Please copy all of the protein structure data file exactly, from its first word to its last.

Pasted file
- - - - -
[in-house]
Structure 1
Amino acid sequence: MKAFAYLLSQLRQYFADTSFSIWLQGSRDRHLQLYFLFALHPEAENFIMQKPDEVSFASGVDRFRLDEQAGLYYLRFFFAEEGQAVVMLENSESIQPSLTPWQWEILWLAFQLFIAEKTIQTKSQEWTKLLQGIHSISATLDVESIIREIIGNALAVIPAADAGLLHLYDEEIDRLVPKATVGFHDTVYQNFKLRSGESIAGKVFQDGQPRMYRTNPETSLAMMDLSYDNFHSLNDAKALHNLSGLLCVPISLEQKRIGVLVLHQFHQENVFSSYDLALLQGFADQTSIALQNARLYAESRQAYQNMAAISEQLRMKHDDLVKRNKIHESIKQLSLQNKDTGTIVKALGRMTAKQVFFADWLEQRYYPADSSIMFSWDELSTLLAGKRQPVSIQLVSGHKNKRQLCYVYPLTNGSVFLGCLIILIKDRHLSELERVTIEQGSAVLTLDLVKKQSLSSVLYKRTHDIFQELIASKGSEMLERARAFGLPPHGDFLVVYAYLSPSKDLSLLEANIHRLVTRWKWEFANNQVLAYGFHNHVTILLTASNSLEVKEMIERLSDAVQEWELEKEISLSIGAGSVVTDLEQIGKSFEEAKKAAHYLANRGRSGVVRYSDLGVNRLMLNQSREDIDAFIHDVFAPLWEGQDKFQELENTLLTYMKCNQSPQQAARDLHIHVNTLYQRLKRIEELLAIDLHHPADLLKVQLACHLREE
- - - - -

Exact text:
[in-house]
Structure 1
Amino acid sequence: MKAFAYLLSQLRQYFADTSFSIWLQGSRDRHLQLYFLFALHPEAENFIMQKPDEVSFASGVDRFRLDEQAGLYYLRFFFAEEGQAVVMLENSESIQPSLTPWQWEILWLAFQLFIAEKTIQTKSQEWTKLLQGIHSISATLDVESIIREIIGNALAVIPAADAGLLHLYDEEIDRLVPKATVGFHDTVYQNFKLRSGESIAGKVFQDGQPRMYRTNPETSLAMMDLSYDNFHSLNDAKALHNLSGLLCVPISLEQKRIGVLVLHQFHQENVFSSYDLALLQGFADQTSIALQNARLYAESRQAYQNMAAISEQLRMKHDDLVKRNKIHESIKQLSLQNKDTGTIVKALGRMTAKQVFFADWLEQRYYPADSSIMFSWDELSTLLAGKRQPVSIQLVSGHKNKRQLCYVYPLTNGSVFLGCLIILIKDRHLSELERVTIEQGSAVLTLDLVKKQSLSSVLYKRTHDIFQELIASKGSEMLERARAFGLPPHGDFLVVYAYLSPSKDLSLLEANIHRLVTRWKWEFANNQVLAYGFHNHVTILLTASNSLEVKEMIERLSDAVQEWELEKEISLSIGAGSVVTDLEQIGKSFEEAKKAAHYLANRGRSGVVRYSDLGVNRLMLNQSREDIDAFIHDVFAPLWEGQDKFQELENTLLTYMKCNQSPQQAARDLHIHVNTLYQRLKRIEELLAIDLHHPADLLKVQLACHLREE